We welcomed Jonatan into our family on February 23. A week after returning home, we had a traditional baby-naming ceremony. Some people showed up for the early morning pronouncement of the baby’s name. My husband talked briefly about the meaning of the name Jonatan (gift of God), and one of the translators shared about God’s gift of His Son.
As the day progressed, more guests swarmed into the small compound. Around midday huge pots of rice, sauce, and mutton were ladled out onto serving platters and groups of guests clustered around each one, scooping up handfuls of food. Men and women—in their separate areas of the compound—visited and laughed and drank the traditional drink of pounded millet mixed with milk. Visitors came and went all day.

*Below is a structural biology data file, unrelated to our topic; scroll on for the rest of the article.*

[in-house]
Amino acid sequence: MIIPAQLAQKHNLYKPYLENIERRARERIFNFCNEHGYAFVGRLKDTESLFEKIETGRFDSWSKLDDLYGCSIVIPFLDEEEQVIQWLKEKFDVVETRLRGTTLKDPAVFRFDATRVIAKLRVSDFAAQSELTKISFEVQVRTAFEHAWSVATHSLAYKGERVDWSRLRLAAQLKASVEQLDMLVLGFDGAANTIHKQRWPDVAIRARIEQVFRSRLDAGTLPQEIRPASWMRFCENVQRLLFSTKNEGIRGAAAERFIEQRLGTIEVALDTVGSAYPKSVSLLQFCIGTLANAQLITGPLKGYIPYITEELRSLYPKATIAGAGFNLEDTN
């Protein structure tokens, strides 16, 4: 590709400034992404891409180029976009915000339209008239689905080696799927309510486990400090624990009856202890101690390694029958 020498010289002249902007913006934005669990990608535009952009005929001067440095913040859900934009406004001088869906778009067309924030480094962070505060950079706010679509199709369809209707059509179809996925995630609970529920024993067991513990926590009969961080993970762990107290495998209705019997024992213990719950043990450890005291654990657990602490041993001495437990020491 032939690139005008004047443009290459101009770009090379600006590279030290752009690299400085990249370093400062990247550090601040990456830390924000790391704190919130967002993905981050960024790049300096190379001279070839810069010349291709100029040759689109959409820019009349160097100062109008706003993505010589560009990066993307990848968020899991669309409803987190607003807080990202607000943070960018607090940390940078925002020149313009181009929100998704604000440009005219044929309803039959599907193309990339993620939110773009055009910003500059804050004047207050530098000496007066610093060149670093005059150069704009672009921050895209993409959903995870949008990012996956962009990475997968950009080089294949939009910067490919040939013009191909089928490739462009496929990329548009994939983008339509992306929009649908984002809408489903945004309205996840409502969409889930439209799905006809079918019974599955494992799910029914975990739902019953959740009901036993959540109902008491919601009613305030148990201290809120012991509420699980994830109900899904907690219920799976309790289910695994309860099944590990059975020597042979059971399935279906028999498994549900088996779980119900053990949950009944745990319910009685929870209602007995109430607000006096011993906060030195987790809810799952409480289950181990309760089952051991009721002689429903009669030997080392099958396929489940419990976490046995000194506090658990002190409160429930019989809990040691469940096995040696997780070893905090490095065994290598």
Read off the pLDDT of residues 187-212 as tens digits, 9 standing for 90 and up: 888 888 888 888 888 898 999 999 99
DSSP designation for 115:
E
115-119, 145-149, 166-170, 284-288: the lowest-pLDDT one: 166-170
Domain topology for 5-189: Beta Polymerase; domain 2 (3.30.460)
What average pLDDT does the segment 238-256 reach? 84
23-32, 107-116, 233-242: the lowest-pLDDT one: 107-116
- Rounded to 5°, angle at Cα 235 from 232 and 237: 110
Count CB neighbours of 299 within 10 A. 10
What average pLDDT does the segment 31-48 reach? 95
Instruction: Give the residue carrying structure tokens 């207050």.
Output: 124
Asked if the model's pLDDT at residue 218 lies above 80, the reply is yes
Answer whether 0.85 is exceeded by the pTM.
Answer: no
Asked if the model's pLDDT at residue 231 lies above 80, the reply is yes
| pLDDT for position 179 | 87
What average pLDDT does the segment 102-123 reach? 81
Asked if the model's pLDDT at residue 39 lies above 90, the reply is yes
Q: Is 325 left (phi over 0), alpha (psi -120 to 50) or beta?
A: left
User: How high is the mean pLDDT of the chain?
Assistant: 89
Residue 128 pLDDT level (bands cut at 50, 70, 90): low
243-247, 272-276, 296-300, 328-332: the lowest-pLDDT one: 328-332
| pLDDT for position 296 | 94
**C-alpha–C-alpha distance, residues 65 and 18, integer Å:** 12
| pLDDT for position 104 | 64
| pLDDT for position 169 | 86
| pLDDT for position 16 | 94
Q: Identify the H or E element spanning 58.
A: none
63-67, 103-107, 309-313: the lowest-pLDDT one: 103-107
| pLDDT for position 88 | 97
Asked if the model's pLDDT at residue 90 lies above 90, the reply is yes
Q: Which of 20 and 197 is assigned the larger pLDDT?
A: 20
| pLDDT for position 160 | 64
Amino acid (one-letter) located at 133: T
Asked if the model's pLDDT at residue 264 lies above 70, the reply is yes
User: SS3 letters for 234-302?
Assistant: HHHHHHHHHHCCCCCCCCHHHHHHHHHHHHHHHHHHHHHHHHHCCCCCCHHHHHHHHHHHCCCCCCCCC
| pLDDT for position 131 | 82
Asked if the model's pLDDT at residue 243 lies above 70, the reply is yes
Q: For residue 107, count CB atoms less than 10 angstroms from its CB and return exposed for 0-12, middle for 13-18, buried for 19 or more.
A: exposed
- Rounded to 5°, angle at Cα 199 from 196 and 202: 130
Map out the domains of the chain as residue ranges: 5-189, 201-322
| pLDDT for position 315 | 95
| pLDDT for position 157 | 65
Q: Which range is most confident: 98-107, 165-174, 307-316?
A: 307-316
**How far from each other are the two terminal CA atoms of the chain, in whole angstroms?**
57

People have very different ideas of the proper way to care for a child. For example, women here never pat a baby. When I first came here and people saw me burping my baby, they recoiled, but their horror soon changed to wonder. “Look!” one lady exclaimed in astonishment, “she’s hitting the baby and he likes it!”
A new believer recently asked, “What is the Christian way to give birth?” To us it sounds like a strange question until further probing reveals that the process is scripted by both religious and animistic rituals. Infant mortality is very high in this country, so it’s no surprise that there are many rituals to follow to avoid retribution from the spirits. The old lady who cuts the umbilical cord must position her fingers just so, three women must bury the placenta and lower it perfectly into the ground, and so on.
New believers face many questions that are sometimes a bit tricky to tease apart. Which cultural practices can a believer legitimately continue doing, and which are rooted in appeasing the spirits or in some way clash with Jesus’ teachings?
—a sister in West Africa